The French-speaking services market is more dynamic now than than ever, Ryan noted. “If we would have had this conversation a decade ago, Morocco and Tunisia would have accounted for 80 percent of the market maybe more,” Ryan said. Now, while those two locations are still Important, other locations are emerging.
The rise of Egypt with its significant French language talent at play, has been notable, and there are fast-growing developments in Senegal, Ryan said. He also highlighted how French services are being delivered in the Caribbean, in places such as the Dominican Republic with its more than 1 million native French speakers from Haiti. This has allowed Dominican Republic contact centres to provide trilingual services of English and Spanish for the U.S. and English and French for the Canadian market.
The time is ripe, then, for Madagascar to take its place as a player in the francophone outsourcing space. Companies that are seeking a competitive contact centre provider are keen to consider Indian Ocean locations, as an alternative to West Africa (Senegal, Ivory Coast) and Maghreb (Morocco, Tunisia), explained Emmanuel Richard, CEO of Paris-based Extens Consulting, a consulting firm that specialises in customer experience and call centres.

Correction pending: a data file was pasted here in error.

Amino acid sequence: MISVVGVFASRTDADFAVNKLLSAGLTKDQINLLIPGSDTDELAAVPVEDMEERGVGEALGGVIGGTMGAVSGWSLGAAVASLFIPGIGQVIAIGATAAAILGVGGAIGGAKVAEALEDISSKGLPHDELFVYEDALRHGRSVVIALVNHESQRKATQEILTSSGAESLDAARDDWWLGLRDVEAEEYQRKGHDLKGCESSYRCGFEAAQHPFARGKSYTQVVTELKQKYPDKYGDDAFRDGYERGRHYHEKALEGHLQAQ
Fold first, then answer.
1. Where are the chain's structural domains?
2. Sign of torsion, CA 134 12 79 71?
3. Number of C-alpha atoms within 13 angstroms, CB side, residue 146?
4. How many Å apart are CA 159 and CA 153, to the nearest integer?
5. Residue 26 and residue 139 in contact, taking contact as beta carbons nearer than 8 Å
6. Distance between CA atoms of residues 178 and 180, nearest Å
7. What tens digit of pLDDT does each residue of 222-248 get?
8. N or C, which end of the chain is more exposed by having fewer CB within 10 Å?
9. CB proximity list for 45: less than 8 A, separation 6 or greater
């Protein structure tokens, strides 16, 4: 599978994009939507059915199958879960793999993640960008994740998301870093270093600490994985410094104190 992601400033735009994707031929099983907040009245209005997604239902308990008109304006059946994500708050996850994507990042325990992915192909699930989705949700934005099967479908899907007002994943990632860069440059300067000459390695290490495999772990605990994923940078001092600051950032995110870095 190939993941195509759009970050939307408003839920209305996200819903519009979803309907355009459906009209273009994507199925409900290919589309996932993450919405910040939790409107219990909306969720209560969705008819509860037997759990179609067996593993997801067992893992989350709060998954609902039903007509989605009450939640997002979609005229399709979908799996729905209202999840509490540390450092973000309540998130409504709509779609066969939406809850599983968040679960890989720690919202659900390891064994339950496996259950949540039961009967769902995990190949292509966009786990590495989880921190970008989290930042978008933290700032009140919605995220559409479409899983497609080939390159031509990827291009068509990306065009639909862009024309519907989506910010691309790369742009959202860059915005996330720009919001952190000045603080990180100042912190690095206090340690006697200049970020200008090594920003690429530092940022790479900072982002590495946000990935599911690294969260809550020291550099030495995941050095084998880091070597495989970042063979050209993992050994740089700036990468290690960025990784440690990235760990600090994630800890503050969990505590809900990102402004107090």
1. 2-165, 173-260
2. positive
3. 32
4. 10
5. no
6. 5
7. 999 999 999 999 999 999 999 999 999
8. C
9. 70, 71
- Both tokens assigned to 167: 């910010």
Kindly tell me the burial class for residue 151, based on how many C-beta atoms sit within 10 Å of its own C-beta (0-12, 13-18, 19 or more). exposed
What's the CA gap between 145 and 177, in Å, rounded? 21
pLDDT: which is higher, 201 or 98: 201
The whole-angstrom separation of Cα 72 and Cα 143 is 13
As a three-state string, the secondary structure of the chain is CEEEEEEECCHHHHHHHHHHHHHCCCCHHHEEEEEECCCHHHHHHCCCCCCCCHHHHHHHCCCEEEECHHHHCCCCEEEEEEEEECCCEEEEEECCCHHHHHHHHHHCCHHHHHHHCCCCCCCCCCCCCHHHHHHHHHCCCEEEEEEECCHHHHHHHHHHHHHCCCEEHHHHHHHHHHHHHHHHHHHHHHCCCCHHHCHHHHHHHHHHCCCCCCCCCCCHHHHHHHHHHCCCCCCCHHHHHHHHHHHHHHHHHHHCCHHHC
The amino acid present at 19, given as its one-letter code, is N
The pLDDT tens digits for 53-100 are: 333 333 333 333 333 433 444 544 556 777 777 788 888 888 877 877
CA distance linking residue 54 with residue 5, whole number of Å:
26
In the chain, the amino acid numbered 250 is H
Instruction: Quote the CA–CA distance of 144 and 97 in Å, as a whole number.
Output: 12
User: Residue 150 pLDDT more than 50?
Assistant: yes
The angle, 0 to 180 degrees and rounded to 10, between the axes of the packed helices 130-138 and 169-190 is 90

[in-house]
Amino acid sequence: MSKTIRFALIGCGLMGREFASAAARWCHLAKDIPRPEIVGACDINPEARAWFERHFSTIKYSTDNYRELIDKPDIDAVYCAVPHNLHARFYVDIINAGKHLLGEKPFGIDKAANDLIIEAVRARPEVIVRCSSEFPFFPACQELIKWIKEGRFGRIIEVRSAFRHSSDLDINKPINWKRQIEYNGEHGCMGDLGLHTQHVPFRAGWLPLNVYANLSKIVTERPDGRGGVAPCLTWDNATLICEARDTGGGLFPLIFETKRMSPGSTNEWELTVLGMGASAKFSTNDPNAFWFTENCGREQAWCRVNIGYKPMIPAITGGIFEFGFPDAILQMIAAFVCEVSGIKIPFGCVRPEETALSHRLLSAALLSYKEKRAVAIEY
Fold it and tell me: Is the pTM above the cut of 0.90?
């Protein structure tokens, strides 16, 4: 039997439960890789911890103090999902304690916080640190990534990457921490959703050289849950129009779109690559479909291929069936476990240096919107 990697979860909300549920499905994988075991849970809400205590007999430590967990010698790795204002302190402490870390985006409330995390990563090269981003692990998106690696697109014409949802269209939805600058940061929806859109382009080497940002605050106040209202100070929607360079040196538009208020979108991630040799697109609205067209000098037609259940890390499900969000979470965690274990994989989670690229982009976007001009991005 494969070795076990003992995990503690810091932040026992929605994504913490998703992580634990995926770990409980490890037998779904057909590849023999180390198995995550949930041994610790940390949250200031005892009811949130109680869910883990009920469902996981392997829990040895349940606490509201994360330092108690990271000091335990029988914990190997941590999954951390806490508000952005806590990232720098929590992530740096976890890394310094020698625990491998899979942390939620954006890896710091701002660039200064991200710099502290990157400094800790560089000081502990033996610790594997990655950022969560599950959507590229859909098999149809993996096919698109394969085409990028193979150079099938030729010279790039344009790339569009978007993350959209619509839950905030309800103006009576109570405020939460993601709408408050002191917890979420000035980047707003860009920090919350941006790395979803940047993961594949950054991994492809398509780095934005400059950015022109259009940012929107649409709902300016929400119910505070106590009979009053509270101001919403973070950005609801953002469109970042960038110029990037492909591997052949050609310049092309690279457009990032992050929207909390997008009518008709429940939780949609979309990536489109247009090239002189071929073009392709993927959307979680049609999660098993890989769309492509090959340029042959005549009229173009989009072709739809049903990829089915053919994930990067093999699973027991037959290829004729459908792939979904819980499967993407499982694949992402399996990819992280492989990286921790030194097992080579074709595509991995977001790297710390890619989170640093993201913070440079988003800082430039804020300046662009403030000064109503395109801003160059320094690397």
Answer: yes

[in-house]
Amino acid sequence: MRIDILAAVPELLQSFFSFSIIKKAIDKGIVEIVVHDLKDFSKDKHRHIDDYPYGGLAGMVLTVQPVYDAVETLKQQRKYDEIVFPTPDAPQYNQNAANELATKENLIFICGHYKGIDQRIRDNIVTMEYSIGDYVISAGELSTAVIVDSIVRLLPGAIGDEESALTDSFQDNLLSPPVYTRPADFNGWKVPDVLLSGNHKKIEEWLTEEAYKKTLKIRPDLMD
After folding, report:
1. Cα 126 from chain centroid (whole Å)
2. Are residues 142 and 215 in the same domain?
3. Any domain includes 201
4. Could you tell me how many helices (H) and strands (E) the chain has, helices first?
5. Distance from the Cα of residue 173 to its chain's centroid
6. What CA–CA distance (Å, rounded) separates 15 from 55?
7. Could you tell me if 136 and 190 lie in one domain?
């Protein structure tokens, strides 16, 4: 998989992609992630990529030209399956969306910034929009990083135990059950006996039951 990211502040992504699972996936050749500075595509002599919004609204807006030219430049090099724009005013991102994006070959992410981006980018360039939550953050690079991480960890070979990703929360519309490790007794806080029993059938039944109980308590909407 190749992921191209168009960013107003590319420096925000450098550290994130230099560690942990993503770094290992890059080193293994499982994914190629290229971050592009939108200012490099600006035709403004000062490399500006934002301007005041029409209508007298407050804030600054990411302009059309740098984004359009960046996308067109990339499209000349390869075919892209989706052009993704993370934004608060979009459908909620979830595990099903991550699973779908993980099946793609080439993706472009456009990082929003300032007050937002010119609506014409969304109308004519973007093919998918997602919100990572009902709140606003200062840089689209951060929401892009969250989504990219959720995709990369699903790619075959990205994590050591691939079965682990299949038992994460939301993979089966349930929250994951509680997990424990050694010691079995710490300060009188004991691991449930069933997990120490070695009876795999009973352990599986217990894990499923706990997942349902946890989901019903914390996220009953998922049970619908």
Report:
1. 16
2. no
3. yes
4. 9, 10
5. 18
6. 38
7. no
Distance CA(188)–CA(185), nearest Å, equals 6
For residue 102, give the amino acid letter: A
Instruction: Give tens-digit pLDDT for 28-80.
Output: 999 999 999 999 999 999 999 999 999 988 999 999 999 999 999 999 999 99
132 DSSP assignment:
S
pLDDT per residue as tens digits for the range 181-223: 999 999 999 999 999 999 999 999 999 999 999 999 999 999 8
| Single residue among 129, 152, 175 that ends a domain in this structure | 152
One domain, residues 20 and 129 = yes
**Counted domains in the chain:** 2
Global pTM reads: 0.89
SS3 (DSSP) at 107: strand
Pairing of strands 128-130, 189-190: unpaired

Madagascar and Mauritius are only 705 miles from each other. Both countries operate contact centres for French companies in a time zone close to Paris Local Time (GMT+4 versus GMT+1). Madagascar’s broadband infrastructures trumps its larger neighbor, though, and it can compete in terms of price.
“Among our clients, we see companies in e-commerce, logistics and telecom, which find the right balance in Madagascar, between low price, medium quality and staff turnover under control,” Richard said. “These companies invest in remote contact centres operated by BPO in addition to self-care to reduce operating costs in customer service.”
Challenging the rivals
There are challenges still – Madagascar is only emerging now as a viable destination – and Ryan says there is work to be done. Madagascar needs to promote itself better, Ryan said. “We are seeing deployments but most people don’t know it’s positioned for any kind of BPO work,” he said. “They need to take a lesson from Egypt or South Africa in terms of positioning them as logical offshore destinations.”
Ryan also stressed the need to offer customer references. “The fact that (Madagascar) already has a number of deployments doing some kind of outsourcing work means it has a great reference. Nobody wants to be first in; they need it validated in terms of the capability of delivering first,” he said.
Ryan added that the French market opportunity is significant and it is good that Madagascar is positioned to address this.
“People forget that it is not just France,” Ryan said. “It is Belgium, French-speaking Switzerland, Canada, Luxembourg and more. There is clamouring across French language demand markets for alternatives.” And Madagascar could just be what they are looking for.